In May of last year, I got to share a sermon partly birthed out of the experiences that my husband Todd and I had while living in Jersey City — and then in Connecticut where we worshipped in a very special church started by the late Rev. Nancy Carroll Butler.
The church is called … wait for it … Riverfront Family Church! like The River NYC, Riverfront is a place that is welcoming of all people, from all faith traditions, and all social identities. It is a community of faith that helps individuals connect with God, themselves and others in a safe and brave space of liberation, encouragement, and an abundance of unconditional love.
During our time in New England, I was also connected to a dear friend and colleague Fleurette King who trained me in my first safe zone training nearly 10 years ago. Safe Zone is a training that helps schools and other institutions create inclusive environments for the LGBTQ community.
Since that time, Fleurette has always been patient and supportive of me as I’ve stumbled, made mistakes and asked questions in an effort to make sure that my ally-ship is authentic and informed for this community.
I am now responsible for coordinating this same program for students, staff and faculty at New Jersey City University, as well as the surrounding community of Jersey City.
This message is dedicated to the people who have shared with me that they identify within the LGBTQ community — but no longer connect with their faith because they were told they couldn’t own their sexual orientation or gender identity, and have a relationship with God.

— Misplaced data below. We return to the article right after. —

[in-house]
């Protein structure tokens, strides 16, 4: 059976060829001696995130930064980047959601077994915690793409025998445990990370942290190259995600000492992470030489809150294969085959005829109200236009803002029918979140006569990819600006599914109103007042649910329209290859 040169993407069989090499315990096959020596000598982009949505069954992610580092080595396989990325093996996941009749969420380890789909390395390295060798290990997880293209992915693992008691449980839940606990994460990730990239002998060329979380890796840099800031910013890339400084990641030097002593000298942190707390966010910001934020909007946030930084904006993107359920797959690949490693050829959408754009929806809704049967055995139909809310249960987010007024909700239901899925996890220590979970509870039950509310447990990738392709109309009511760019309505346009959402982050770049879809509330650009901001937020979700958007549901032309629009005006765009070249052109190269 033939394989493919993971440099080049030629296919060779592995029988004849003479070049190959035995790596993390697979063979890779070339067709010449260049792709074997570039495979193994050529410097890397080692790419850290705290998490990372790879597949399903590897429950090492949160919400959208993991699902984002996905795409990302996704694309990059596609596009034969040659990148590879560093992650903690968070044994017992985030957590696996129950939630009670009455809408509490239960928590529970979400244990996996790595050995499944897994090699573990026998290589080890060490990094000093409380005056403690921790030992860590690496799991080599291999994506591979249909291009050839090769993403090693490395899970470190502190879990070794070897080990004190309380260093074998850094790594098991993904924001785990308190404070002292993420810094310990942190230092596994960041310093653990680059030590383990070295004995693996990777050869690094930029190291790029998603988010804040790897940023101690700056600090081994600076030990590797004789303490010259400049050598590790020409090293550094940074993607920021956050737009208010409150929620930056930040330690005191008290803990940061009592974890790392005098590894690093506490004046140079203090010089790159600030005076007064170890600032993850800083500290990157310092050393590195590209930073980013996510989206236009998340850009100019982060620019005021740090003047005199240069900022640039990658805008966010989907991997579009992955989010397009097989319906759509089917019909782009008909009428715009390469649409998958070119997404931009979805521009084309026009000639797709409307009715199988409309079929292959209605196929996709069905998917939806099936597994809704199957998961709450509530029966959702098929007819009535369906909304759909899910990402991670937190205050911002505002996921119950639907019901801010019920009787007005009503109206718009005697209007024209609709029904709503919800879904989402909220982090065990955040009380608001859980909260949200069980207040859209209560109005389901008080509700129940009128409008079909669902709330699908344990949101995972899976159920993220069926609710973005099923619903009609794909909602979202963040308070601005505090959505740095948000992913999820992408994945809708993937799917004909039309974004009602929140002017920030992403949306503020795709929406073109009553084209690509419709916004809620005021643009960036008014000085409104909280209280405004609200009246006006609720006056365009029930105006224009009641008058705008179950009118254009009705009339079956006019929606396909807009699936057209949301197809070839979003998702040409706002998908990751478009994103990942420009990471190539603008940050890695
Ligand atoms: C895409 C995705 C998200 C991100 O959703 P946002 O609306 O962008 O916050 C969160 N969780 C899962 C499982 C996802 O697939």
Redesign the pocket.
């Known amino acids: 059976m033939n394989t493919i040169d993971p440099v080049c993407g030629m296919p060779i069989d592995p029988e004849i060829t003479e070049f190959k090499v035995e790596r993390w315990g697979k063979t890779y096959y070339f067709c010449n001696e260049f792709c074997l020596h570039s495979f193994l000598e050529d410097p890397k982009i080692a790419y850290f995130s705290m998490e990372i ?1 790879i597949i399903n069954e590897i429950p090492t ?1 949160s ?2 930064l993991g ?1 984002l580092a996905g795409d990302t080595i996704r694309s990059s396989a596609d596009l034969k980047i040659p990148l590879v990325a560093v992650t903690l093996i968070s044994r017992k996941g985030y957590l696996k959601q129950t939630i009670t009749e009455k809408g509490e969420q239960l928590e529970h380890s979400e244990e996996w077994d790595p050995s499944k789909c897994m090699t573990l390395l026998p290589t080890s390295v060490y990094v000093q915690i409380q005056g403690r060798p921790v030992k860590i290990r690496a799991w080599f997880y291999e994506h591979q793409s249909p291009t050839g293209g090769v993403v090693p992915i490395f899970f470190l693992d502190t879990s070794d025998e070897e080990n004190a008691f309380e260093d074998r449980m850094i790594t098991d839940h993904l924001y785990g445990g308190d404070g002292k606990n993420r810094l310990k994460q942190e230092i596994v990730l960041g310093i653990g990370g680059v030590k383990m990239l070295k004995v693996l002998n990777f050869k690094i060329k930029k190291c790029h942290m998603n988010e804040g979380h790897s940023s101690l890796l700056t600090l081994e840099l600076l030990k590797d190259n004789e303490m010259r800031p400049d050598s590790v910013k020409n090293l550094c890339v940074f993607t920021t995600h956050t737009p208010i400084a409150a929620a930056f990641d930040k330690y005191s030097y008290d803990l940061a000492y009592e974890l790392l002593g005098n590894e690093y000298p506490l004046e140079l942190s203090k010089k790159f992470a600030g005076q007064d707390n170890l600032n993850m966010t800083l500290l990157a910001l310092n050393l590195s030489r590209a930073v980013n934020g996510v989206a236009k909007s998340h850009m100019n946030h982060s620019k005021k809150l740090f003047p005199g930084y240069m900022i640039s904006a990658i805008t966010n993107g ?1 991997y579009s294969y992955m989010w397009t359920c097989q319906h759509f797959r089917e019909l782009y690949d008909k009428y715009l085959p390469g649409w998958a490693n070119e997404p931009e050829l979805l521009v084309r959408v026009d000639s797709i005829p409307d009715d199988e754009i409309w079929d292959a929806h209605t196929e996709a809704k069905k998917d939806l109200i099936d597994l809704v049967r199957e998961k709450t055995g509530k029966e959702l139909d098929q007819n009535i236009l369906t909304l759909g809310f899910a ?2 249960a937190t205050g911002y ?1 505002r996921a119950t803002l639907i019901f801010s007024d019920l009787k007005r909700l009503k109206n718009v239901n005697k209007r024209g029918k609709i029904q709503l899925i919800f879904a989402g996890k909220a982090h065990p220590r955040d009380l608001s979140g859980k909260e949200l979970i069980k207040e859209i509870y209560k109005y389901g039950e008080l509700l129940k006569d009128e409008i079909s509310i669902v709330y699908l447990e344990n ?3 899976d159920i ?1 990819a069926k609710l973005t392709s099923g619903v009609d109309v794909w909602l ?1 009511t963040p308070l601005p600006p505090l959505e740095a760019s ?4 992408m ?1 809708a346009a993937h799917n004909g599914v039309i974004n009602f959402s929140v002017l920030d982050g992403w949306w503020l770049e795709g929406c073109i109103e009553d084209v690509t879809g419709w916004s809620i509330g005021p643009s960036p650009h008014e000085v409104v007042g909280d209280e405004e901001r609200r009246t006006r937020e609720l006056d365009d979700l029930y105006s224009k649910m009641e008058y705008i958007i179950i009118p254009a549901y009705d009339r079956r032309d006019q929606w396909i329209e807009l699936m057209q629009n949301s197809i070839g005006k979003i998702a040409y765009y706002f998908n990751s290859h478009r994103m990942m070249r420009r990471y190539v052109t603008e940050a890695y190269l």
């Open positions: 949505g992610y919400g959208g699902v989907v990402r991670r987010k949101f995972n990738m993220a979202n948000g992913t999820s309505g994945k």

This message is also dedicated to all of the people who identify within the LGBTQ community, but are still working in churches where they can be active but not out, those who are in churches where they are only welcome to be present, but not fully included.
This message is dedicated to the life and legacy of Pastor Nancy who taught me Fleurette — in numerous ways — how to be a pastoral ally and a neighbor to the LGBTQ community.
First, I’d like you to watch a video that many of you will probably recognize:
This video is from Mr. Rogers’ Neighborhood – a popular children’s show that ran from 1968 to 2001, with 895 episodes. I loved to watch this show. The host was Fred Rogers, a performer, composer, author, an ordained Presbyterian minister, father, and grandfather, who was committed to helping young children love and appreciate themselves, love others, and essentially be a good neighbor.
As you may remember, Mr. Rogers covered a broad range of topics over the years, and the series did not shy away from issues that other children's programming avoided.
Today we’re going to be dealing with an issue that many communities of faith are struggling with or avoiding altogether. I wanted to avoid the topic of LGBTQ inclusion for a very long time. However, in recent years, I’ve been able to “come out” as an ally, a friend, and a neighbor of this community which continues to experience oppression and marginalization from within the church and without. In connecting with those who identify, organizing, doing the work of advocacy, and working to be a good neighbor to the LGBTQ community, I believe that their heartfelt cry to you, and to me could sounds a little like Mr. Rogers, “Won't you please, won't you please, Please won't you be my neighbor?”
This is why I believe it is important to be intentional about welcoming LGBTQ individuals into the family of faith. As we visit Luke 10, we see Jesus bringing clarity to the law and once again flipping the script and making a countermove by actually getting this expert in the law to essentially answer his own question.
25 On one occasion an expert in the law stood up to test Jesus…without it seems any indication of hostility - “Teacher,” he asked, “what must I do to inherit eternal life?”